But you and I are staying home again
And even though we’re scared
Everything’s the same”
Gentle, acoustic “Glitterbug” is the kind of thing Page should do more often. He has, at times, a thunderous voice and has famously unleashed it with full force (BNL’s “Break Your Heart,” for example). Here he takes a more understated vocal approach to lovely effect. “Thank You for Sharing” is a more clever (and more listenable) update of Mötley Crüe’s “Don’t Go Away Mad (Just Go Away)” (although the Crüe’s song title is better). Dylan’s “It’s All Right (Don’t Think Twice”) might be a better frame of reference. The song’s protagonist is trying to be fair about the end of an ill-advised relationship but some zingers aimed at the departing lover reveal lingering bitterness.
There are no bad moments on TVP but not every song works as well as “Everything’s the Same” or “These Wasted Words.” “Baby Loves the Radio” is not Page’s best chorus (in fact, it is a little bit terrible) and “So Young So Wrong So Long” lacks a real hook.
This project is not a major departure from anything he has done with Barenaked Ladies. Some of the politically-charged songs (“Hit and Run,” “Wilted Rose”) would have sounded at home on BNL’s most recent album Everything to Everyone. Other songs (“These Wasted Words,” “So. Cal”) would have sounded at home on previous albums. The music of TVP illuminates Page’s contributions to his band’s sound, which is something he had in mind.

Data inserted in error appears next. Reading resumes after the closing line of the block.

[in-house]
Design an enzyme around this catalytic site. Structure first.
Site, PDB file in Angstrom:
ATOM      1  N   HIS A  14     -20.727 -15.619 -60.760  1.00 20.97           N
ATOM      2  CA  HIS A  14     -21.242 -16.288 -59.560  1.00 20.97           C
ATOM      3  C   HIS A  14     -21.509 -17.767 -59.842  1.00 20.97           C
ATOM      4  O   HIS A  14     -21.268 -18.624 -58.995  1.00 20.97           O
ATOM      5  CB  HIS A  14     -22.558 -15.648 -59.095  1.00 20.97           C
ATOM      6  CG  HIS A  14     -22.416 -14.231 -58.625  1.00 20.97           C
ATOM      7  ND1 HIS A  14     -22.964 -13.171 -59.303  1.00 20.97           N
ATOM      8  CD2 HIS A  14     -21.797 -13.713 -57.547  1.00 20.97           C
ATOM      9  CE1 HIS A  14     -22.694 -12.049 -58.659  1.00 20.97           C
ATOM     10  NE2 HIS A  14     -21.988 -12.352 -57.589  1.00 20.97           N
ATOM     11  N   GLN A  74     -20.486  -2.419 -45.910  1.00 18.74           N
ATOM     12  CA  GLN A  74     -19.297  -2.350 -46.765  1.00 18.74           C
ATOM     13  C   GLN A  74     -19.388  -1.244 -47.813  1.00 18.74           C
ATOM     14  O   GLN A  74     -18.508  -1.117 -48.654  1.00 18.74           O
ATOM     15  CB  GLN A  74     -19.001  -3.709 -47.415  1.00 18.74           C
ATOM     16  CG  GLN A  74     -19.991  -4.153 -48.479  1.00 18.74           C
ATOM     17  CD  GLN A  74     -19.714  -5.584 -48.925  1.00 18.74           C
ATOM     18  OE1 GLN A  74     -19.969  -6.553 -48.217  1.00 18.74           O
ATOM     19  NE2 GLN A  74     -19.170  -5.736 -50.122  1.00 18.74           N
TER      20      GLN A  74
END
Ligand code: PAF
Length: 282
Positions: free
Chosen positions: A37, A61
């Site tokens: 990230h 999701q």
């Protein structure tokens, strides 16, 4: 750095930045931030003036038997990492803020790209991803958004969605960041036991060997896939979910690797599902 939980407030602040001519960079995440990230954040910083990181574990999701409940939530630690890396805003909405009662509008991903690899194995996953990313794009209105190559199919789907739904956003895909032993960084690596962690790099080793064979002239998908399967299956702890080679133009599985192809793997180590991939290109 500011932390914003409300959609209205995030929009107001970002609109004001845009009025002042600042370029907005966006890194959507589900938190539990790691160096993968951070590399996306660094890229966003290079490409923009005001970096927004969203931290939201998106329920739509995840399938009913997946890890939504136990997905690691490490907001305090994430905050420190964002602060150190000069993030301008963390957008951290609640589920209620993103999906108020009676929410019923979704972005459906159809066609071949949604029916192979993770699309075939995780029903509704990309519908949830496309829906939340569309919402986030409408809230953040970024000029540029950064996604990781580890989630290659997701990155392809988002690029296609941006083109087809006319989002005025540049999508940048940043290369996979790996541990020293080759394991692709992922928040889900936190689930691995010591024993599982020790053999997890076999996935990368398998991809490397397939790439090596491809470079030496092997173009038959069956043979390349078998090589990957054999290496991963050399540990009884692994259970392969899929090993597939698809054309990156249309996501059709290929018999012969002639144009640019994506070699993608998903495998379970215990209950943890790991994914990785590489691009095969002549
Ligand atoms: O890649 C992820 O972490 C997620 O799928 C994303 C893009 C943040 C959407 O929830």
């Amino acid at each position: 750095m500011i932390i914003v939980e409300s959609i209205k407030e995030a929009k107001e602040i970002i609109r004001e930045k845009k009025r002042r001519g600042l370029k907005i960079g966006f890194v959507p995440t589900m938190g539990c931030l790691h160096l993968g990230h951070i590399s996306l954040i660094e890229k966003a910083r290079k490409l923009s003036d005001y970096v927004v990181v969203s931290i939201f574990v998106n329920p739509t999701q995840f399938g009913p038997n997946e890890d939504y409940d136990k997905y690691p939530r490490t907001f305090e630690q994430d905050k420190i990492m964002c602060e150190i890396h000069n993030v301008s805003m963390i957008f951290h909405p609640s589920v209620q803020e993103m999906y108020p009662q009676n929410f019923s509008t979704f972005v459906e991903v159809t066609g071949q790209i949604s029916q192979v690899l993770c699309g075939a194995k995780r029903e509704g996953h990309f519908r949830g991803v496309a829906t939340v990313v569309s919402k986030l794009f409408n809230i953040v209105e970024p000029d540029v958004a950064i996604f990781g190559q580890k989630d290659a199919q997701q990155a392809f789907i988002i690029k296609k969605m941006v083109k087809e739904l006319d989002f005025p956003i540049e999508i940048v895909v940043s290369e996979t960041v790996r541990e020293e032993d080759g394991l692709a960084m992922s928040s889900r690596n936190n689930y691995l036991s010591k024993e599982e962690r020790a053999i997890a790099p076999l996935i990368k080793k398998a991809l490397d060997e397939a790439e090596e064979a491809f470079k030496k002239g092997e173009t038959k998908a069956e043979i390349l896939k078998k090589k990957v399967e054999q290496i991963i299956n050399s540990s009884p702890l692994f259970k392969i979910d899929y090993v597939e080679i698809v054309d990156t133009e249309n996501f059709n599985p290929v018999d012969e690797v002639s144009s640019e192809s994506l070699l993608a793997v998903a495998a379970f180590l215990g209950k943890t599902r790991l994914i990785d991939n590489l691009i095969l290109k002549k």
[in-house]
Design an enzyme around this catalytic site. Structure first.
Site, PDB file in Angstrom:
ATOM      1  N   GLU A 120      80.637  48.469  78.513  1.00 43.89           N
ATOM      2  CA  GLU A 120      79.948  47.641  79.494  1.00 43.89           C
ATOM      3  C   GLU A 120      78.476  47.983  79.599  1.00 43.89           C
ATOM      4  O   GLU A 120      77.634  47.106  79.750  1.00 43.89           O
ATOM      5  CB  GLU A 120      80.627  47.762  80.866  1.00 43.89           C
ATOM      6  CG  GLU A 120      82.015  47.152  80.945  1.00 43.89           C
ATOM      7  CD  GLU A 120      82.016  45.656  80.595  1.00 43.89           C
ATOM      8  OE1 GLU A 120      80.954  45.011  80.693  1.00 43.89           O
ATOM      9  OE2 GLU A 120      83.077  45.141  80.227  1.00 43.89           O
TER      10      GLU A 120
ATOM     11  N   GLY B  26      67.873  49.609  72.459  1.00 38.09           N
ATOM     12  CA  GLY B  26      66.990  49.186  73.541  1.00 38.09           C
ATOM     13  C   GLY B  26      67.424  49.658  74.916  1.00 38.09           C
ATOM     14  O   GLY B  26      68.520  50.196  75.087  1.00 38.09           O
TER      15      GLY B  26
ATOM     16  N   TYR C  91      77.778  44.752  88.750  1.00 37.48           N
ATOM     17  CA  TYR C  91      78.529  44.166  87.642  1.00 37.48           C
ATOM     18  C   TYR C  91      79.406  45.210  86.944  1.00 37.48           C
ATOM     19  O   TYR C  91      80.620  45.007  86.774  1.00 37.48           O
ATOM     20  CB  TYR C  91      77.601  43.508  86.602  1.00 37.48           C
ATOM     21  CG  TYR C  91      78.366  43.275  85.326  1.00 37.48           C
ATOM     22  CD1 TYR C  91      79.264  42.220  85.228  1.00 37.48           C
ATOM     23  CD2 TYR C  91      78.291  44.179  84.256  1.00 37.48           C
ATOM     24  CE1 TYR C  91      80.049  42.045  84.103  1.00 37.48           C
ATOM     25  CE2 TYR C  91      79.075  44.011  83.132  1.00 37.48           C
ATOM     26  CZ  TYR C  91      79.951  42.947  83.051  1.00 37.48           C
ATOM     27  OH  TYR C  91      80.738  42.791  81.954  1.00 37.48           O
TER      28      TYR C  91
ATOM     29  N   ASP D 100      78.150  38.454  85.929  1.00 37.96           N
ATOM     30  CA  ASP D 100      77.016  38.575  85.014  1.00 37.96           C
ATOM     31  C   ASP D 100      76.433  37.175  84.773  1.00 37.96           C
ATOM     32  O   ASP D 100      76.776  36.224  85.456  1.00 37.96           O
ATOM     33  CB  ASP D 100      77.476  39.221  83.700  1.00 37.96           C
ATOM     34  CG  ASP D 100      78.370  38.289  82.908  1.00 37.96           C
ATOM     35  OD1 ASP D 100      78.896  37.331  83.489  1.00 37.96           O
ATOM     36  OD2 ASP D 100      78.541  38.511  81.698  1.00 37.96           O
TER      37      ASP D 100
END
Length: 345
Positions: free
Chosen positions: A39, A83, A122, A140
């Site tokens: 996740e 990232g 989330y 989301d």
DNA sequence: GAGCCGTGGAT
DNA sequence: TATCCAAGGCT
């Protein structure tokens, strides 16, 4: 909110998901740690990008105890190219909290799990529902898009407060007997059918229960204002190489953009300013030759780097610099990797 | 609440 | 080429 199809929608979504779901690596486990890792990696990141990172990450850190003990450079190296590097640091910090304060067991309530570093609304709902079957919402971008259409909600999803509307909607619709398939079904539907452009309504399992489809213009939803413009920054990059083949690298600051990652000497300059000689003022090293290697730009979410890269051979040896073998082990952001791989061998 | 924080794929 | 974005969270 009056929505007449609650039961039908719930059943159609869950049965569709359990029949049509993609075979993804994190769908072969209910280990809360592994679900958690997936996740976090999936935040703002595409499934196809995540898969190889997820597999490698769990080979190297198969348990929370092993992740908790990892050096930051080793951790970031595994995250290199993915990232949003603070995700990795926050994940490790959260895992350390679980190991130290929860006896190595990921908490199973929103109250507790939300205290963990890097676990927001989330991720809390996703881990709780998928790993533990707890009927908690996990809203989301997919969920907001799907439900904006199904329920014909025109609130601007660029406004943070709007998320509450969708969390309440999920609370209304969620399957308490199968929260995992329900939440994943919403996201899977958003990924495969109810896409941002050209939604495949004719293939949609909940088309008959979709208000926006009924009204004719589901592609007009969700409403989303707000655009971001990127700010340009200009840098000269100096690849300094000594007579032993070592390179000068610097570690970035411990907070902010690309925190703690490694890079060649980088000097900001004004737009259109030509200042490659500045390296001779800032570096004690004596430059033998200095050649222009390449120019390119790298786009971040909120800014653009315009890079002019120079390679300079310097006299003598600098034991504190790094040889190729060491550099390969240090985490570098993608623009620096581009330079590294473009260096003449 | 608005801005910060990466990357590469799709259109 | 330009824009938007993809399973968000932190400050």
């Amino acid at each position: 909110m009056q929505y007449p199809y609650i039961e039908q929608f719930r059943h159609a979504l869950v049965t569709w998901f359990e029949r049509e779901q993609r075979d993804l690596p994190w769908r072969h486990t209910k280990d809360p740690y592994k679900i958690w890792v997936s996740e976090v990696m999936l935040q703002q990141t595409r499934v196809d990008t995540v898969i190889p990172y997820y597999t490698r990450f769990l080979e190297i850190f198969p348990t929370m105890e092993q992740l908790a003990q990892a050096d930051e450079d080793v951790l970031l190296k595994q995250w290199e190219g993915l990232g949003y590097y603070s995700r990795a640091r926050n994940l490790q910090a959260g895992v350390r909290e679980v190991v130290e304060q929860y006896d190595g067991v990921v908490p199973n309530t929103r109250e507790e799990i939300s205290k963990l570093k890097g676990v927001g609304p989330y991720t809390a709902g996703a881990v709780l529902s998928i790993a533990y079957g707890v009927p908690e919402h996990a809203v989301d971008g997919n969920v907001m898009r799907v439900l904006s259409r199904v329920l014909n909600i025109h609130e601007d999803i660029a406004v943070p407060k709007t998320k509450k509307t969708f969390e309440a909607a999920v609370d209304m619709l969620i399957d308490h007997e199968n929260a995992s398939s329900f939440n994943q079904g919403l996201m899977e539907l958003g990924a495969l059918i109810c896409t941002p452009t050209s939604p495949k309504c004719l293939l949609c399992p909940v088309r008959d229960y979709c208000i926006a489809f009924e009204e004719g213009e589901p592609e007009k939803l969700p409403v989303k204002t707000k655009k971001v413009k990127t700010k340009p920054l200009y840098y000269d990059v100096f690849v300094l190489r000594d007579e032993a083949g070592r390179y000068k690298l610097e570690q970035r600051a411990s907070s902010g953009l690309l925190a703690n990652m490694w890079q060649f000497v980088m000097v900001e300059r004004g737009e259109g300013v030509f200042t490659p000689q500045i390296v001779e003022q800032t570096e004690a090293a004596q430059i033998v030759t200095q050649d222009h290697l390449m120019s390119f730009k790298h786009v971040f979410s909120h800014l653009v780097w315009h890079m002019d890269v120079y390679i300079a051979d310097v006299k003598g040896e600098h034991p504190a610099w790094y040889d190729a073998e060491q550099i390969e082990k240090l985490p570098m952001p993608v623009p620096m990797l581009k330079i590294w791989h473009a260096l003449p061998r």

“I think there are a lot of people who would like Barenaked Ladies music, but don’t realize that they would,” Page told Rolling Stone. “Maybe our radio hits or the image of the band have marred their view of what we really are about. The biggest success I could hope for with this record is that it might bring in some of those people.”
How Shakespearean. Would a “Wilted Rose” by any other name sound as sweet? TVP comes pretty damned close. Fans of Barenaked Ladies might miss some of the humor and the contributions of other members of the band when listening to this (BNL keyboardist Kevin Hearn is the only band member featured on the disc) but The Vanity Project should more than tide them over until the next BNL disc.
GRADE = B